THE NATIONAL Trust is gearing up to open its houses and properties when restrictions are lifted on Monday.

National Trust houses and other properties in England are set to start reopening their doors to visitors from May 17 following the Government’s easing of Covid restrictions.

In Sussex, Standen House near East Grinstead is set to reopen, as well as Nymans near Haywards Heath and Petworth House.

The Argus: The South Front and garden at Standen, West SussexThe South Front and garden at Standen, West Sussex

The medieval thatched Alfriston Clergy House is also set to open its doors again, alongside Monk’s House, Lewes and the towers of Bodiam Castle.

Staff and volunteers are said to have been working hard behind the scenes to get properties ready to reopen safely with social distancing in place.

Hilary McGrady, Director General, National Trust said: “This is a big moment that we have all looked forward to for months as we welcome people back safely, to spend time together at their favourite properties.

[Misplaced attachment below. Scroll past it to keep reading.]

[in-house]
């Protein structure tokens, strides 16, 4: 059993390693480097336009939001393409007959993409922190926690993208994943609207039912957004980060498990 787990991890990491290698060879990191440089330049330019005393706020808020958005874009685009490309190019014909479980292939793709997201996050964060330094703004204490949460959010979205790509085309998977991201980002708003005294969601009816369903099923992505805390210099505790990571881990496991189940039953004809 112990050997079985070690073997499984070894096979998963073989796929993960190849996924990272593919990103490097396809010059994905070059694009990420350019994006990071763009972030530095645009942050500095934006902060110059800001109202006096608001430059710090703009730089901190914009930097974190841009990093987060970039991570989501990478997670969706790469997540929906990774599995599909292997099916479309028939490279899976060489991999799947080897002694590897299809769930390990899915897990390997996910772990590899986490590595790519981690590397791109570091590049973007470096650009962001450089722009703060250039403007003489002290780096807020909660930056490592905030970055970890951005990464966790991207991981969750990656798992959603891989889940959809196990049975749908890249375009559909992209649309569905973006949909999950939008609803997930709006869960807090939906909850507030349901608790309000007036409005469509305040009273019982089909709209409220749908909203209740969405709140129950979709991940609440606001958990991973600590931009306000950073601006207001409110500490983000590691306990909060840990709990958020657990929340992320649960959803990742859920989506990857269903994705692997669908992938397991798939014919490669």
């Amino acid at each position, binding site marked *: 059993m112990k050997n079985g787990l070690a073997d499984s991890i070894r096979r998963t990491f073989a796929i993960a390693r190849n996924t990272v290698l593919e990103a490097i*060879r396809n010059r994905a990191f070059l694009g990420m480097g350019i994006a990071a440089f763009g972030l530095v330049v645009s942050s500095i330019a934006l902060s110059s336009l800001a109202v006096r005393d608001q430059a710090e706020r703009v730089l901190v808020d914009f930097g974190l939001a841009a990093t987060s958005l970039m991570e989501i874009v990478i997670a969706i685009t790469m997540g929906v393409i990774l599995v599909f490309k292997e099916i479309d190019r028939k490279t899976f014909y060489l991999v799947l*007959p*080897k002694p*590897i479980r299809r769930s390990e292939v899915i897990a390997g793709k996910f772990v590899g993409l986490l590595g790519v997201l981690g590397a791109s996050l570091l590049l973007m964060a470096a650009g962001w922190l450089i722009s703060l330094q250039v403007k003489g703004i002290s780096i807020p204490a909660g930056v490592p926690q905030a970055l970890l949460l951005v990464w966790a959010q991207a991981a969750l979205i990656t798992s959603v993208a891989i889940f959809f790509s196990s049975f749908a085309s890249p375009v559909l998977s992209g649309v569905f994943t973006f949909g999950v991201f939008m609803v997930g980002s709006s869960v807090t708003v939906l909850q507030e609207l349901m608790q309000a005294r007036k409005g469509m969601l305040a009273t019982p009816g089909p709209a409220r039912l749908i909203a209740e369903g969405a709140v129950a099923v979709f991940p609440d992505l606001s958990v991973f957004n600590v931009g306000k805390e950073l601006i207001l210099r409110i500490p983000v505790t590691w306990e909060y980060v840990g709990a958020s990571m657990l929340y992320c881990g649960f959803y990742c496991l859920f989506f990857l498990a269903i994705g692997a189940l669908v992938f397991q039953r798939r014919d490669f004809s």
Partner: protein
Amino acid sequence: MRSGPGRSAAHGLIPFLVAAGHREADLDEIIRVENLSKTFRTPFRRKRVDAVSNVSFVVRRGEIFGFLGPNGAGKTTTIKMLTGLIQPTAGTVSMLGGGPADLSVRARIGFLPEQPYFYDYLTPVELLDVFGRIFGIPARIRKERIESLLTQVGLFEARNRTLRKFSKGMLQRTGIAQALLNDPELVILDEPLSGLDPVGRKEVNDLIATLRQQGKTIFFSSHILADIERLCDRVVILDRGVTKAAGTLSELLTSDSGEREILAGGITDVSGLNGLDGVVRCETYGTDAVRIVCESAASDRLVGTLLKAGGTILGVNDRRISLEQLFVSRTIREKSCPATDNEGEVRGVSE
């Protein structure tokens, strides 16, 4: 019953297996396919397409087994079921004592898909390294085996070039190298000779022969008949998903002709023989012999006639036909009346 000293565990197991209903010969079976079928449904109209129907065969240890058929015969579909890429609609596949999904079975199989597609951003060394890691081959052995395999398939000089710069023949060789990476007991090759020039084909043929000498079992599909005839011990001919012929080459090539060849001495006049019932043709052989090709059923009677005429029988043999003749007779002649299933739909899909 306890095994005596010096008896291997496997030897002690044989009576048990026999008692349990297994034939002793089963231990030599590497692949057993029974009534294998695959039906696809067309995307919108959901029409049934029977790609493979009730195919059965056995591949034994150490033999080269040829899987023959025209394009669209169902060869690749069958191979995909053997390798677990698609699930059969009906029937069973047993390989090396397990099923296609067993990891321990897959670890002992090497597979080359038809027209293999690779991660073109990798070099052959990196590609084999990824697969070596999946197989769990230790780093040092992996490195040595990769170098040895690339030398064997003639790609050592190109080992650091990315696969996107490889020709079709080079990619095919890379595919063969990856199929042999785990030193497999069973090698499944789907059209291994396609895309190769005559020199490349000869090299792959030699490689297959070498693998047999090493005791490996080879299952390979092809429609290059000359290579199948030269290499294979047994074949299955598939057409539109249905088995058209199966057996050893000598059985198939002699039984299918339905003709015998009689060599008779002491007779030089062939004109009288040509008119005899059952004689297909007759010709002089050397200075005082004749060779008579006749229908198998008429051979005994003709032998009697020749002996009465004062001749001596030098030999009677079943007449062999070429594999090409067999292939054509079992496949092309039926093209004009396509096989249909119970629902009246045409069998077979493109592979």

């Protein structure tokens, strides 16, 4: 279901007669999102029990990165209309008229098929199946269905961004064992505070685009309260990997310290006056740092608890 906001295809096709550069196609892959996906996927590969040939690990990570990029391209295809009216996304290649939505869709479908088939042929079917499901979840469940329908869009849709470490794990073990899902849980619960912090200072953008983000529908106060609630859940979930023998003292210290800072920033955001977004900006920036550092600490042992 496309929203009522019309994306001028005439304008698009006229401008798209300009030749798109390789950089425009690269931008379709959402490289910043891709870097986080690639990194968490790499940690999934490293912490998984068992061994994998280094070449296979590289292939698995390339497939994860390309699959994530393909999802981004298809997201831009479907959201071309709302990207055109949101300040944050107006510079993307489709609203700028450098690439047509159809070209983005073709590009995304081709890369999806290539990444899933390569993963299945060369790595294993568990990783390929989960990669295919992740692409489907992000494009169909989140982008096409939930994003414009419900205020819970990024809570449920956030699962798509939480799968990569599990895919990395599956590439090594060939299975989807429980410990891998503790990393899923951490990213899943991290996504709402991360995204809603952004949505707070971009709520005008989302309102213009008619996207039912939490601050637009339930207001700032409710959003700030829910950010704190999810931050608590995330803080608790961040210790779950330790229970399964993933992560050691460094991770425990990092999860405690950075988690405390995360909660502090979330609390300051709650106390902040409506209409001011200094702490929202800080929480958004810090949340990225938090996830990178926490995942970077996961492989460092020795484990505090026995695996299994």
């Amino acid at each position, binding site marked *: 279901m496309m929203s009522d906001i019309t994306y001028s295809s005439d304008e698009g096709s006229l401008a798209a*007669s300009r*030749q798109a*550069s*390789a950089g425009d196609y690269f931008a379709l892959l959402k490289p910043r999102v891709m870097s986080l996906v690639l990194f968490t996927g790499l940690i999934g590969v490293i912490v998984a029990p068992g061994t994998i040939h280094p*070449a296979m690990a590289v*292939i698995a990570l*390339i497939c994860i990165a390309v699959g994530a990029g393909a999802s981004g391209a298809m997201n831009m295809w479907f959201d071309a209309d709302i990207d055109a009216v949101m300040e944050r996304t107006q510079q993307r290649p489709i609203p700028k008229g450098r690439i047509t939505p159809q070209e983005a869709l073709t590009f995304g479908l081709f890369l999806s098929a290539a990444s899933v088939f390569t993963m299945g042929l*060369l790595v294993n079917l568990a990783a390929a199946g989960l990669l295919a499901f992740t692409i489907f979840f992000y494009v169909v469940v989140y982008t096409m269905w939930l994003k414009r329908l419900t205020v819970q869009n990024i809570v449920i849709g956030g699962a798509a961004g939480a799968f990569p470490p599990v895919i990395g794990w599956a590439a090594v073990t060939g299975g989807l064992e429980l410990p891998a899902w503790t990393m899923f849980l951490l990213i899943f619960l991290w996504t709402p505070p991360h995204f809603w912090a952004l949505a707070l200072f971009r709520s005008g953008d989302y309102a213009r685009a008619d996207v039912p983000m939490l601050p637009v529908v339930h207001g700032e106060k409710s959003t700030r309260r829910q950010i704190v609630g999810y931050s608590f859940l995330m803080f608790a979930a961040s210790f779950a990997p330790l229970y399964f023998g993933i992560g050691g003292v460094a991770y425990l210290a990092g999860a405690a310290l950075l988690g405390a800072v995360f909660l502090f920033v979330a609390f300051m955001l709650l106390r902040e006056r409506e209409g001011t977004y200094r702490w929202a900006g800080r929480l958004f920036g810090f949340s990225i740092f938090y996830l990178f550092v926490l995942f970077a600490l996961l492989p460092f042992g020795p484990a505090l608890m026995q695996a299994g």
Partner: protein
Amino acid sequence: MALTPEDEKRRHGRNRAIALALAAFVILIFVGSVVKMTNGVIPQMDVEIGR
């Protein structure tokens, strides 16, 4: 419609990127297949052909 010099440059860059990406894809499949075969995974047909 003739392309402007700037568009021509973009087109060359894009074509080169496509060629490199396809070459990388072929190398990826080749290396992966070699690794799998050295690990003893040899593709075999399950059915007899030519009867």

The Argus: Colourful poppies in the cottage garden at Alfriston Clergy House in East Sussex Colourful poppies in the cottage garden at Alfriston Clergy House in East Sussex

“Hundreds of our parks, gardens and countryside locations have already reopened, but we know how much our members and supporters have been looking forward to returning to see our houses and collections again."

Some small properties or rooms which can’t accommodate social distancing will reopen later once Covid restrictions are lifted or when repair or redisplay work is completed.

The reopening of houses also coincides with the Trust’s focus this year on its collections and the one million items it looks after, with many properties featuring in a new book celebrating 125 treasures in the charity’s care.

Hilary said: "Our places are nothing without our visitors there to enjoy them and our staff and volunteers have been working hard behind the scenes, cleaning chandeliers, polishing floors and dusting books, to get everything ready.

"It is a matter of huge relief, pride and gratitude that the places in our care can start to reopen following closure due to the pandemic. Not a single place will be lost to the public. The cultural treasures that are our shared inheritance are waiting – for everyone.”